The Treatment and Reconstruction of Lateral Skull Base Lesions
Received Date: May 03, 2017 / Accepted Date: May 15, 2017 / Published Date: May 22, 2017
In the past five years, many patients with neurotology and lateral skull base disease were treated in our department, including tumor, facial nerve palsy, cerebrospinal fluid otorrhea, etc. and some papers had been published according to the experience of our team [1-3]. I would like discuss this interesting problem with the aid of this journal.
The anatomical structure of the lateral skull base is very complicated, that supports the brain upwards and connects the neck downwards and a large number of important structures pass through the region, including facial nerve, carotid artery, bulb of jugular vein, dura and the inner ear. The lesions in the area of the lateral skull base mainly include tumors, chronic inflammation and trauma such as acoustic neuroma, intracranial and extracranial complications of otitis media, facial paralysis or cerebrospinal fluid leakage otorrhea resulted from temporal bone fracture. The lesions of the Lateral skull base may damage the bone structure of the skull base and destruct the closed cranial cavity even invade intracranially. The blood vessels, nerves, hearing and vestibular organs can be affected. The serious consequences resulted from the above damage include massive hemorrhage, cerebrospinal fluid leakage otorrhea, facial paralysis even intracranial complications.
At present, the surgical treatment is the main method for the lateral skull base lesions . Because of the much important structures passed through the region, the selection of the surgical approach and appropriate reconstruction methods is very important to remove the lesion and improve the prognosis.
The selection of surgical approach mainly depends on the pathological character size and the location of the lesion, the relationship of the important structure with the lesion including facial nerve, blood vessel, inner ear. The general surgical approaches for lateral skull base lesions excision include: (1) The transpetrosal approaches, such as translabyrinthine approach, translabyrinthinetransapical approach, transcochlear approach, pre-sigmoidretrolabyrinthine approach, petrosectomies (lateral, sub-total, total), infratemporal approaches, petro-occipital-transigmoid approach, and so on; (2) Sub-temporal extradural approaches and (3) Suboccipital approach or retrosigmoid approach .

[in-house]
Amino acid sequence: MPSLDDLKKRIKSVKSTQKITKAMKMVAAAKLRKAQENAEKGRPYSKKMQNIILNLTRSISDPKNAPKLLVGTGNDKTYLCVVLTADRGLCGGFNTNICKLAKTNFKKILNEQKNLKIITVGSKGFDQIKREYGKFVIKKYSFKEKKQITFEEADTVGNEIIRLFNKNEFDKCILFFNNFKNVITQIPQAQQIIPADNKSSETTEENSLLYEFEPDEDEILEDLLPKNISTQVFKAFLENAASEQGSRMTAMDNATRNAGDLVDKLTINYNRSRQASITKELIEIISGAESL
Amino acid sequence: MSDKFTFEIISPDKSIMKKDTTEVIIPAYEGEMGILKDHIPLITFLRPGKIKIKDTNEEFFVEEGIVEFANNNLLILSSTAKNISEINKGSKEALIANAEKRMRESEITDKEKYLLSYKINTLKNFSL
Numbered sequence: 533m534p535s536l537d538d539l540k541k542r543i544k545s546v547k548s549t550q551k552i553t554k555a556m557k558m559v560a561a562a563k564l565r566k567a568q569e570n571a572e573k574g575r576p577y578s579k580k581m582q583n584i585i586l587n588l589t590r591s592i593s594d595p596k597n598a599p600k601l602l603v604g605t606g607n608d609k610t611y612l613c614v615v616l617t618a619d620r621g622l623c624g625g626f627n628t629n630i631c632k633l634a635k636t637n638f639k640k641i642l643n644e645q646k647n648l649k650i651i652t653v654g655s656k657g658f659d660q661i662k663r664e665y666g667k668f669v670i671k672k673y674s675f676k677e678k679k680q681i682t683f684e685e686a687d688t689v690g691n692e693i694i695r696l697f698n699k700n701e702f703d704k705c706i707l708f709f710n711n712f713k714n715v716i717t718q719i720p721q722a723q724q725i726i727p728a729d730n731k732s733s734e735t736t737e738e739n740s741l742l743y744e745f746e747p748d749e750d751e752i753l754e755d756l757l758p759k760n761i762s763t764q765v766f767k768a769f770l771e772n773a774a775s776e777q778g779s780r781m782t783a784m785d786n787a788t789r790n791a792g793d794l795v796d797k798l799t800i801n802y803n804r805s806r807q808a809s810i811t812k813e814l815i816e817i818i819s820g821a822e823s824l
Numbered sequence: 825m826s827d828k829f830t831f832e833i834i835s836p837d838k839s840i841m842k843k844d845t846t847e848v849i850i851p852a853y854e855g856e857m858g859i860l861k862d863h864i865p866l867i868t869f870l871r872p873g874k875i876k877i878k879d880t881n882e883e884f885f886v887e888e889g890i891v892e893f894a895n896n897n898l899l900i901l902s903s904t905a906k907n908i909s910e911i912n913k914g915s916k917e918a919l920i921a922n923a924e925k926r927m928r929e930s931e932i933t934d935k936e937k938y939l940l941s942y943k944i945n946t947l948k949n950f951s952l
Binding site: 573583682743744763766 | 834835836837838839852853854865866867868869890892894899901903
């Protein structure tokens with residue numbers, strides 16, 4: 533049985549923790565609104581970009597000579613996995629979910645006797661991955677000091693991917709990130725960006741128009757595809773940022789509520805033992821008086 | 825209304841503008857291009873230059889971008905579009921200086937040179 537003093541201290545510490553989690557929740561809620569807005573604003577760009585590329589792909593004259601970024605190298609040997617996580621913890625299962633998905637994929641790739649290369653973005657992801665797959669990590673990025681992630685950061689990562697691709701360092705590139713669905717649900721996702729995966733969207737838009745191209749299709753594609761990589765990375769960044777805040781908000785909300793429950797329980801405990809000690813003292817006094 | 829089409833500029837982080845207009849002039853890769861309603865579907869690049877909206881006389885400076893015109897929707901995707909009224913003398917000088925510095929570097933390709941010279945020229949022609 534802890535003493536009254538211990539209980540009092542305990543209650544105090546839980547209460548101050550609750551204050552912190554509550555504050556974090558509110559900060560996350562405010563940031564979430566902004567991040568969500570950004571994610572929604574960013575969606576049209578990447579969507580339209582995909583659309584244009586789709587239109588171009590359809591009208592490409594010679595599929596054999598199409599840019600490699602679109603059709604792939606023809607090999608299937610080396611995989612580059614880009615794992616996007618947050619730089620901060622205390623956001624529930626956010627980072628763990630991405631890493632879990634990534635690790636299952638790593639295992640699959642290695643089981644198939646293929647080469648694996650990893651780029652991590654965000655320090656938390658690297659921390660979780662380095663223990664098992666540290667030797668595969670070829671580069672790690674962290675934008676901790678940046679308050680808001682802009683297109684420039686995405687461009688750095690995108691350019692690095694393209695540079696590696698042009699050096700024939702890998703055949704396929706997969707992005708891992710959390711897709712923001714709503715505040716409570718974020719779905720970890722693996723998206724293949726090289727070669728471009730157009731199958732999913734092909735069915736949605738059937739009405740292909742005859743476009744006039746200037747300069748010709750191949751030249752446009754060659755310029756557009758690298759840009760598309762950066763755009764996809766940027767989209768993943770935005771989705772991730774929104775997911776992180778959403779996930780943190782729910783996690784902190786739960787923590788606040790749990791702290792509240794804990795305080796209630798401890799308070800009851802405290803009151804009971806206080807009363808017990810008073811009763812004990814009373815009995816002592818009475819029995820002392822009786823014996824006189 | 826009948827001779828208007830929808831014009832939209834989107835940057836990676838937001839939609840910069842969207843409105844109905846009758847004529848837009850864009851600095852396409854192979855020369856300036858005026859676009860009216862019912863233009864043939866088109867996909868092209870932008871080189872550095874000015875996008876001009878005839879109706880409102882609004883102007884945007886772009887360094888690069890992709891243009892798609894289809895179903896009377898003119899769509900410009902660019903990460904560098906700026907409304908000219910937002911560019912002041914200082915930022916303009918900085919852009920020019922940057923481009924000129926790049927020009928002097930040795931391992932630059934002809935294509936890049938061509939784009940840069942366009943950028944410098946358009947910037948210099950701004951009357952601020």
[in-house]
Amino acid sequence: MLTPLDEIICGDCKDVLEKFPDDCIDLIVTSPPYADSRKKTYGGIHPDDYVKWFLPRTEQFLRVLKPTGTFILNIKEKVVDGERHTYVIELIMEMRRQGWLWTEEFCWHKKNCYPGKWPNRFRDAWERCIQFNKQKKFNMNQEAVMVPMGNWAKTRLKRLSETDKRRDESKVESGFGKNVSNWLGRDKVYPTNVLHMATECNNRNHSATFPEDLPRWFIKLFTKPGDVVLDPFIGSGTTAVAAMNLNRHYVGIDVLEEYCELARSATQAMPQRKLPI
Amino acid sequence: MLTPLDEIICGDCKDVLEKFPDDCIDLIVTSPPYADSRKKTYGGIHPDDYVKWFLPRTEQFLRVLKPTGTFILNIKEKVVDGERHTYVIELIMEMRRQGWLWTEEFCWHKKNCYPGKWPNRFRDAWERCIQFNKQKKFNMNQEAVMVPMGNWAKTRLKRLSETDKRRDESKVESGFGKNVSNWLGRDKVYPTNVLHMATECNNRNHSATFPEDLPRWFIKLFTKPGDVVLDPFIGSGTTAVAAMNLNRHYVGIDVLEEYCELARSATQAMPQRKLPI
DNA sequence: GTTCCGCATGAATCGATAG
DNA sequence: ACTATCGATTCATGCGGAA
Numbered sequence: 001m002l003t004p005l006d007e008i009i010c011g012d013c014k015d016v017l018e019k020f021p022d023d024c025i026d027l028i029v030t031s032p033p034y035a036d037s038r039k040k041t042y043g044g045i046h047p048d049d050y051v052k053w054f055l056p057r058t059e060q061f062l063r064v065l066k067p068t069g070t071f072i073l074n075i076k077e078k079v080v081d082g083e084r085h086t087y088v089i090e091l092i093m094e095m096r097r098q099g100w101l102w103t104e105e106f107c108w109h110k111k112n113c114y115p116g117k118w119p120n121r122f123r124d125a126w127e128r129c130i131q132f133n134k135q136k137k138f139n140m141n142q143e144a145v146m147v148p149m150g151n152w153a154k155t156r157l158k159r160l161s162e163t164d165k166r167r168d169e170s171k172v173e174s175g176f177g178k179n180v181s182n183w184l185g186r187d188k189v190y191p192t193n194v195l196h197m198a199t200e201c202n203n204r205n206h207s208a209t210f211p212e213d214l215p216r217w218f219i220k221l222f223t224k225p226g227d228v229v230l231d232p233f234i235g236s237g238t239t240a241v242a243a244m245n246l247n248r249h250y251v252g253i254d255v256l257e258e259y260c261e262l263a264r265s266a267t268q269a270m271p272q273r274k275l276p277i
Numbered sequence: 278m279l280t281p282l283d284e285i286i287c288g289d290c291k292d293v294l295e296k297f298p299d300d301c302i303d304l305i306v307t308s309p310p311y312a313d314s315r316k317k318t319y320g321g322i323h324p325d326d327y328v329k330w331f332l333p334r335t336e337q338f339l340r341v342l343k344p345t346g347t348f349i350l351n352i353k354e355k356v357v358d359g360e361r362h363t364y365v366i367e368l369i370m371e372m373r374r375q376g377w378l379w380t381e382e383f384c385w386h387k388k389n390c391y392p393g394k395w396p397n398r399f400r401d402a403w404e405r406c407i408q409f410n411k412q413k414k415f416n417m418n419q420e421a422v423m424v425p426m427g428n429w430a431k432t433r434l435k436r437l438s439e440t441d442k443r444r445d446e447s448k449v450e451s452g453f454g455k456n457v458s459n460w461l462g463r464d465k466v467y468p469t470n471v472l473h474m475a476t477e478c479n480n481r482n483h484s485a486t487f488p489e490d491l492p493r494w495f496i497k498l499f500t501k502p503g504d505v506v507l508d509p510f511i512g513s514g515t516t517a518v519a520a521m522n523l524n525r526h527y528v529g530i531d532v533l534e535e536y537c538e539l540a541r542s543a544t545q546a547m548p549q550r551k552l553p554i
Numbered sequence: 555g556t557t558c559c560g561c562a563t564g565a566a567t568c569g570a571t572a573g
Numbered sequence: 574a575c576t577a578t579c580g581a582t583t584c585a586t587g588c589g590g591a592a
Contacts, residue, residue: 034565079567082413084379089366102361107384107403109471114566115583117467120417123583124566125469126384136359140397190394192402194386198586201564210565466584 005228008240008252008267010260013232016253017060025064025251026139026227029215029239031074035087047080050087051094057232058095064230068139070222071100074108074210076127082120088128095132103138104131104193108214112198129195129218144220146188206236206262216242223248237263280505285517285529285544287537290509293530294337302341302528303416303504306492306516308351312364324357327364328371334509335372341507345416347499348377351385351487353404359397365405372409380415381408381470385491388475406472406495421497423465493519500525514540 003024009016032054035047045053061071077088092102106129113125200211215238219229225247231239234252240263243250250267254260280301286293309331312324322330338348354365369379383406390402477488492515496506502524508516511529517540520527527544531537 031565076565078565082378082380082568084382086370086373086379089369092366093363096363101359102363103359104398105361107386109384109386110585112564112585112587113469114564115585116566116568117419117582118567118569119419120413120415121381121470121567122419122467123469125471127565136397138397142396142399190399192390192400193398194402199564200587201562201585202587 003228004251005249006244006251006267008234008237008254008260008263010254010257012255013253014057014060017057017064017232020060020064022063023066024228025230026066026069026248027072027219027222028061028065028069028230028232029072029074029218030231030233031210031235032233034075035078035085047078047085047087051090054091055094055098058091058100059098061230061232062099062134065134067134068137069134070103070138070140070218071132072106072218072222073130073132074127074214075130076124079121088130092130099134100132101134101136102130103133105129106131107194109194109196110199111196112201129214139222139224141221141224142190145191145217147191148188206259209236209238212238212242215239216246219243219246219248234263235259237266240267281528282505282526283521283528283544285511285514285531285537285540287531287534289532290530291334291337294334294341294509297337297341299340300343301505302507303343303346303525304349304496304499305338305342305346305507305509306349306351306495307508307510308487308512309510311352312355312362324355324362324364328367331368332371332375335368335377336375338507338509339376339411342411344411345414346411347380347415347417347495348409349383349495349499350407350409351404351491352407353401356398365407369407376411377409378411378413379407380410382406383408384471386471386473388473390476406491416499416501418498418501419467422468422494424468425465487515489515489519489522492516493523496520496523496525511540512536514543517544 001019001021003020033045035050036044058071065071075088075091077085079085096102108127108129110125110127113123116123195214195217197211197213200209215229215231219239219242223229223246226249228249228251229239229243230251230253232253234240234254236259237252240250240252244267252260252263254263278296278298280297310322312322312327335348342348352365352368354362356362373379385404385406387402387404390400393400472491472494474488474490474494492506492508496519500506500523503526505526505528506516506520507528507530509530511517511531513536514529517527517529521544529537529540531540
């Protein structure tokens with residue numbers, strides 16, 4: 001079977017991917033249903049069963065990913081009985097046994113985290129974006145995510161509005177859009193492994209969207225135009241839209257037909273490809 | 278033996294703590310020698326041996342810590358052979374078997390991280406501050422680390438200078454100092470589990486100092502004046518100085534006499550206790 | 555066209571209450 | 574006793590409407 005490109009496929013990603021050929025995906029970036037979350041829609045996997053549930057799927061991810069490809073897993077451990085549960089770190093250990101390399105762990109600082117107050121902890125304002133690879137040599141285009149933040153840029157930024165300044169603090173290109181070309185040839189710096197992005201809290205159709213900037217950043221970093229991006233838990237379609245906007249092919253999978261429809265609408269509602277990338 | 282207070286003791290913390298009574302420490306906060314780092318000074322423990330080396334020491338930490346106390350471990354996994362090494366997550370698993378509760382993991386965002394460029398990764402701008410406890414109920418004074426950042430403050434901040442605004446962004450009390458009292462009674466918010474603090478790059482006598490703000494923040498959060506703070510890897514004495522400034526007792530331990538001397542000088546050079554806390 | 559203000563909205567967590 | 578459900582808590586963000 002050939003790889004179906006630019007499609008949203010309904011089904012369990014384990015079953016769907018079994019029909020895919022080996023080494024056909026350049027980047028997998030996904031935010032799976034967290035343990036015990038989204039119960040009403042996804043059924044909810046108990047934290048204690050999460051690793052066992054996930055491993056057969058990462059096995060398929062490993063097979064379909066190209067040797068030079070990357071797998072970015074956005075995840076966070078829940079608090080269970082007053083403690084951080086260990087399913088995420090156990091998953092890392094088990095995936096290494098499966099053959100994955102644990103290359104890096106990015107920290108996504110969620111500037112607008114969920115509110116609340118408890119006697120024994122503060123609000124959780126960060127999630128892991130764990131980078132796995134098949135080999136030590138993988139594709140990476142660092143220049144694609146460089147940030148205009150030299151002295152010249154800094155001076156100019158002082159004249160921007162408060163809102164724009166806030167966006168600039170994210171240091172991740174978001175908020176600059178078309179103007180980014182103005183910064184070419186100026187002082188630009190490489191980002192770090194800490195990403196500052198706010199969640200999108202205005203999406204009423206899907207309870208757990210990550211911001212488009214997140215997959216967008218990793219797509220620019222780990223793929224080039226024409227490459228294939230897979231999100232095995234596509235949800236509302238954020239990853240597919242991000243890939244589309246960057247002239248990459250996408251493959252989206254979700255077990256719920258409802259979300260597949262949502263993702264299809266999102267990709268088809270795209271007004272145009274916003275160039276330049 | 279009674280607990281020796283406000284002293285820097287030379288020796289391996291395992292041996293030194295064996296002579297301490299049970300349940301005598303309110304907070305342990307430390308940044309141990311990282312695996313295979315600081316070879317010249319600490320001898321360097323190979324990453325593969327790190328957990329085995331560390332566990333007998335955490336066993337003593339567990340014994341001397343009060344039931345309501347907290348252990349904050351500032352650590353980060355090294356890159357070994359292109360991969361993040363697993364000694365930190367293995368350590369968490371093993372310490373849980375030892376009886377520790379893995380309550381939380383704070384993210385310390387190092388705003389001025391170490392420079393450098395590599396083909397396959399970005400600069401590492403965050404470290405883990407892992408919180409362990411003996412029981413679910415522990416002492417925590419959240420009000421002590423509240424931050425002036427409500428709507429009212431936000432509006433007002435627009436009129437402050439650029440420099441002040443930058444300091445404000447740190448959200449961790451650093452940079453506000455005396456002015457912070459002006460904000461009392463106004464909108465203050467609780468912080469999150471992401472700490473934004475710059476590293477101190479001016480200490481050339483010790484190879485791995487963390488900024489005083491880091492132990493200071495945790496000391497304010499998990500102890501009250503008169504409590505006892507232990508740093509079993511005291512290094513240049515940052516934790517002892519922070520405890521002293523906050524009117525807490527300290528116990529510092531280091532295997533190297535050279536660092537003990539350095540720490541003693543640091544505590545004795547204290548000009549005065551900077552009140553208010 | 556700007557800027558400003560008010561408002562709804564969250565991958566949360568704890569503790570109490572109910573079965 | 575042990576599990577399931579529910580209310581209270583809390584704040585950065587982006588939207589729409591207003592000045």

Due to the special localization of lateral skull base lesions, impairments of important vascular, nerves, auditory organs as well as the skull base bones, even dura and intra-cranial tissues can be severely impaired. Not only the lesions should be removed in the treatment of these lesions, but also the vital organs and tissues should be protected.
The mixture of hydroxyapatite, titanium mesh, and autologous fat used for the reconstruction of the skull base can achieve good results . However, a review on paediatric craniofacial reconstruction with some synthetic materials such as hydroxyapatite showed that 59% patients had delayed infection and the materials had to be removed . Autologous fat and muscle fascia are usually used to repair the small skull base defects, which has the advantage of low cost, easy access, good self-compatibility and can be used to fill the dead space at the same time, while local flap or free flap transplantation can be used for large-range defects .
A closed environment of the cranial cavity is very important to prevent intracranial complications in lateral skull base surgery and the important blood vessels (such as carotid artery), nerve function (such as facial nerve) and the skull base defects (such as bone defects, dura defects) should be reconstructed. Individualized selection of surgical approach and the methods of skull base reconstruction to protect important blood vessels, nerves, auditory organs and brain tissues during the operation are key points to remove the lesions and achieve a good prognosis after lateral skull base surgery .
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Citation: Haijin Y (2017) The Treatment and Reconstruction of Lateral Skull Base Lesions. Otolaryngol (Sunnyvale) 7:307. Doi: 10.4172/2161-119X.1000307
Copyright: © 2017 Haijin Y. This is an open-access article distributed under the terms of the Creative Commons Attribution License, which permits unrestricted use, distributionand reproduction in any medium, provided the original author and source are credited.
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